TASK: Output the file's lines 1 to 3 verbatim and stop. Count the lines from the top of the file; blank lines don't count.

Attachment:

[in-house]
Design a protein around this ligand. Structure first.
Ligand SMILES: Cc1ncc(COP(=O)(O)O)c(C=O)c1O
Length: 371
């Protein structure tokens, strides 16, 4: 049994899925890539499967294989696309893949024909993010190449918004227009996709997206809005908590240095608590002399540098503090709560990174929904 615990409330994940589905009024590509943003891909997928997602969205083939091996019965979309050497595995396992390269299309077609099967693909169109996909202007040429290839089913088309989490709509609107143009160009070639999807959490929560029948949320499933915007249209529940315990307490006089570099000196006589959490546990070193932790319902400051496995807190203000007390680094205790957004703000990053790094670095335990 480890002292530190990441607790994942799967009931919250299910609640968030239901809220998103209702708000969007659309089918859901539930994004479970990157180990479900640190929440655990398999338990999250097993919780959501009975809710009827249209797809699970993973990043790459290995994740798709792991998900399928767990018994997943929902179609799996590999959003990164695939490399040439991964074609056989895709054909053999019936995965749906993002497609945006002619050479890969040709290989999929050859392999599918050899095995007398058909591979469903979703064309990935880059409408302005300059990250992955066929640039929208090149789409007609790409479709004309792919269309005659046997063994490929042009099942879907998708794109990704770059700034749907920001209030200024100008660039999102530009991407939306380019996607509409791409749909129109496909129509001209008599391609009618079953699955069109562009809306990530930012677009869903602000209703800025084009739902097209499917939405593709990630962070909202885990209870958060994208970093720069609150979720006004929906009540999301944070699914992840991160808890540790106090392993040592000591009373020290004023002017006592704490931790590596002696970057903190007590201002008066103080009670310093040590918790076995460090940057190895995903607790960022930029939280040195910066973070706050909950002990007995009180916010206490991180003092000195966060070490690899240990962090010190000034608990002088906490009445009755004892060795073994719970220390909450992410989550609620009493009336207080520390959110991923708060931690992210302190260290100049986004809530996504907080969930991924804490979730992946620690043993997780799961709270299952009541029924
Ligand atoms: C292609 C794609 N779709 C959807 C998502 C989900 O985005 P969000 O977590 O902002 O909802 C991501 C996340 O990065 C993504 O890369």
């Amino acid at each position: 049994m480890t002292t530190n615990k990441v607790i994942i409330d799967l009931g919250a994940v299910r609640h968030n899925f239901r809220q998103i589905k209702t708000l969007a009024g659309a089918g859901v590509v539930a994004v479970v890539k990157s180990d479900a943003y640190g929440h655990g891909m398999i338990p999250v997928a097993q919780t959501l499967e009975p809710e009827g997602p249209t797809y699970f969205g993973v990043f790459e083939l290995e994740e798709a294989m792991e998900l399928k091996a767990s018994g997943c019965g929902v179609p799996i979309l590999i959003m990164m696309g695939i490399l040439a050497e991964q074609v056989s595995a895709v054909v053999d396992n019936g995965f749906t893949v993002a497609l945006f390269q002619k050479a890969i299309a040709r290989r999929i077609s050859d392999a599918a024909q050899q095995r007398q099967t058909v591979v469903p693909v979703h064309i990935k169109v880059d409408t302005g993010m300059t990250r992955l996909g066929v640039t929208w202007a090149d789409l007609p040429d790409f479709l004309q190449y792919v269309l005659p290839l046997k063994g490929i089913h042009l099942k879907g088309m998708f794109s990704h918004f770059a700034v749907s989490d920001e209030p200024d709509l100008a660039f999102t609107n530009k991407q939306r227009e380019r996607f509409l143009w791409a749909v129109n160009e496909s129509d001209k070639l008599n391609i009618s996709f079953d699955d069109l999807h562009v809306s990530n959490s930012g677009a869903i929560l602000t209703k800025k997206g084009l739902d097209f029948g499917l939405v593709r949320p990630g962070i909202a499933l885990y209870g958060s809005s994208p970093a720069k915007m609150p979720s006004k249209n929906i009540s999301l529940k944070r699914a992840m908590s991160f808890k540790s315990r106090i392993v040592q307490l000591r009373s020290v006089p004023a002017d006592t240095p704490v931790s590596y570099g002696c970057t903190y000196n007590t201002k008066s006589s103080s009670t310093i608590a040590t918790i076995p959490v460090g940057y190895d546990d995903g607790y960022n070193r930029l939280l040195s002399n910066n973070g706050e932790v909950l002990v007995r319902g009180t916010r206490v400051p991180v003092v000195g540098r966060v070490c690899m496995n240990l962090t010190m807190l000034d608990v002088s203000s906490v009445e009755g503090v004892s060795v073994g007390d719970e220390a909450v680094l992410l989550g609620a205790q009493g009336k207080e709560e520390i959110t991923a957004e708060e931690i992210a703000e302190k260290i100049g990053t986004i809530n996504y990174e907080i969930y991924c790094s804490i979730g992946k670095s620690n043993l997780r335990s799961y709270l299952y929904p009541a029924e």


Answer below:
[in-house]
Design a protein around this ligand. Structure first.
Ligand SMILES: Cc1ncc(COP(=O)(O)O)c(C=O)c1O